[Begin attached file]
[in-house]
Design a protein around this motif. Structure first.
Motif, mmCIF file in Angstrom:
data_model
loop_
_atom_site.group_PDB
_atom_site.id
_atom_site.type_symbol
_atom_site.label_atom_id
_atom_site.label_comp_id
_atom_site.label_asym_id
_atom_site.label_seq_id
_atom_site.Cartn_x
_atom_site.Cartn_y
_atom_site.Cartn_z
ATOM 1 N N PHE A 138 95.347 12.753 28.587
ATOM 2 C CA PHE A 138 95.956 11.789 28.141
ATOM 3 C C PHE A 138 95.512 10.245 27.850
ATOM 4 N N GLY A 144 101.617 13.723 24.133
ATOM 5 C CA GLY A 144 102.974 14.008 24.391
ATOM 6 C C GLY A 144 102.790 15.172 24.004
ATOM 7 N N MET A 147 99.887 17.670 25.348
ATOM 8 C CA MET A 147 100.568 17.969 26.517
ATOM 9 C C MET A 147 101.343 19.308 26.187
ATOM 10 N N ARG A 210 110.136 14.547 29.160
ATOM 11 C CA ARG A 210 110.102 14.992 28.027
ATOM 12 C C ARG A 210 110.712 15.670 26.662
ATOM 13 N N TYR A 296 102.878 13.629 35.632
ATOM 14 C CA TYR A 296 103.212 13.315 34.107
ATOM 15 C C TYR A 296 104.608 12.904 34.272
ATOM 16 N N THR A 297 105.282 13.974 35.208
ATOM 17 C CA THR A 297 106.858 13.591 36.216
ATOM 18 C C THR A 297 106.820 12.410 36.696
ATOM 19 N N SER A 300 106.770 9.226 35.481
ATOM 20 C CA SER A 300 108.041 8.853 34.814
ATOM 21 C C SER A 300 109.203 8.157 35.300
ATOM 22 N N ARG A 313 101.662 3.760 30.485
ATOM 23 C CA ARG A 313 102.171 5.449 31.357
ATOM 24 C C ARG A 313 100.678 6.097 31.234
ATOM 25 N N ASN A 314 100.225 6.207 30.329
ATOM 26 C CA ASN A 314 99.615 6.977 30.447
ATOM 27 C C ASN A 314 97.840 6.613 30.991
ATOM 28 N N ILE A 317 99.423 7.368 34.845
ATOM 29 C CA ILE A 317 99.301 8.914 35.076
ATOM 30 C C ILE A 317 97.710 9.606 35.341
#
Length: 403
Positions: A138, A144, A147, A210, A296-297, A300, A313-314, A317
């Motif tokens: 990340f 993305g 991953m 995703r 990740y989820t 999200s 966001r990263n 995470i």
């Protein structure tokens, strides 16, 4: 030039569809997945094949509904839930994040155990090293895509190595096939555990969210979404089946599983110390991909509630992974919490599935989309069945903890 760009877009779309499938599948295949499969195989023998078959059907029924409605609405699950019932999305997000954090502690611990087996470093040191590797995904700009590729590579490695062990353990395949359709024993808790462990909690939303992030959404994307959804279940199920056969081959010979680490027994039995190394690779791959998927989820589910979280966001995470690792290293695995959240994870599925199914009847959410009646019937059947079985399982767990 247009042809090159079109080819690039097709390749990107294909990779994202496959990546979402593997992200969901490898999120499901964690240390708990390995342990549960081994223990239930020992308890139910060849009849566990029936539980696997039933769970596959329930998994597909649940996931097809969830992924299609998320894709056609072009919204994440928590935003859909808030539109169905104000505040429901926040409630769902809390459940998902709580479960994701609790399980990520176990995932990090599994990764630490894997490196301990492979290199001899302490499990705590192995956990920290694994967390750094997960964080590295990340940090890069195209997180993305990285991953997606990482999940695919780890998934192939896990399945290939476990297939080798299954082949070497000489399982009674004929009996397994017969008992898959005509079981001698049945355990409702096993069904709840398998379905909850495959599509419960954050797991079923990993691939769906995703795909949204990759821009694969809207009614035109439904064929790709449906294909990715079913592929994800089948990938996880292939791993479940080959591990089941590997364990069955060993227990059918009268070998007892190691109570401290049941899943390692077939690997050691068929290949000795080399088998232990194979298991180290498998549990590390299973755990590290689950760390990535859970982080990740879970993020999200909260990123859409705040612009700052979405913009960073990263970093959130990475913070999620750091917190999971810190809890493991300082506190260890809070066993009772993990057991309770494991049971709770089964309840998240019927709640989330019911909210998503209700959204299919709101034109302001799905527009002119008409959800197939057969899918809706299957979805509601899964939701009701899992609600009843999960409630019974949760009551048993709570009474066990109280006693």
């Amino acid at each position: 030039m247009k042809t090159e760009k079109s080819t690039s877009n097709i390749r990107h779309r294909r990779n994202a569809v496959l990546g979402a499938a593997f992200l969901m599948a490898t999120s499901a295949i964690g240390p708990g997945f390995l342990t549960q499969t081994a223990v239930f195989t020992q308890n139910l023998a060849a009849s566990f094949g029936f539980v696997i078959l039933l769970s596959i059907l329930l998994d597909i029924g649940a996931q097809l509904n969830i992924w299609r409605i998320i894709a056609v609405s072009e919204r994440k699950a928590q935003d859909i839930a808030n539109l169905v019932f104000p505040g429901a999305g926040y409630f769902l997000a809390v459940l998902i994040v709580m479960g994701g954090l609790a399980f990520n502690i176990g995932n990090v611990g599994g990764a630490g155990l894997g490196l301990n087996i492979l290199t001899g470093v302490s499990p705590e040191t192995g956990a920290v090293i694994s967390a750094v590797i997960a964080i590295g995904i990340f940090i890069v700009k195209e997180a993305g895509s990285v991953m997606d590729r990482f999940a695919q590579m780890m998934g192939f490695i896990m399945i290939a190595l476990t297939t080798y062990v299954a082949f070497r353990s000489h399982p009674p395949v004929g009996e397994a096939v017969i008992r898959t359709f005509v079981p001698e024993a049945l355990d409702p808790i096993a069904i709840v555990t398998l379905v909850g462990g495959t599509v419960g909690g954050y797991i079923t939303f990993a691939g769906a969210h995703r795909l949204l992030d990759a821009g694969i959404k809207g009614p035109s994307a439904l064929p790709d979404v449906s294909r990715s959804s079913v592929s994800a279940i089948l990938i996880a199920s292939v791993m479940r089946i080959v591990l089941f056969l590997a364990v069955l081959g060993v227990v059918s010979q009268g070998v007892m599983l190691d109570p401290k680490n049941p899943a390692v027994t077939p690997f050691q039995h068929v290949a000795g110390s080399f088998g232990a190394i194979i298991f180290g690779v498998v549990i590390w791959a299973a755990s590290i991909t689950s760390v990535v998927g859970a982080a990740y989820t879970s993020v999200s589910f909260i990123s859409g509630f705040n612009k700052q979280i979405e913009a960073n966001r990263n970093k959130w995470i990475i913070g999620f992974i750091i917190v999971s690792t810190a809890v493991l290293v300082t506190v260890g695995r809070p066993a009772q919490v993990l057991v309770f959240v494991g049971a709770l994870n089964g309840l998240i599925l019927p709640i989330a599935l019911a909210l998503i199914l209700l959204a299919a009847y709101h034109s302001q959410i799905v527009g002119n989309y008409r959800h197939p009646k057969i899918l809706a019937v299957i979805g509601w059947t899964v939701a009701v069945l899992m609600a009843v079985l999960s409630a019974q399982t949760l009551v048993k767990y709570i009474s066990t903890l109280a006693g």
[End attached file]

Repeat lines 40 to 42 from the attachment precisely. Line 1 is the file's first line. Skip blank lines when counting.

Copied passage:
ATOM 25 N N ASN A 314 100.225 6.207 30.329
ATOM 26 C CA ASN A 314 99.615 6.977 30.447
ATOM 27 C C ASN A 314 97.840 6.613 30.991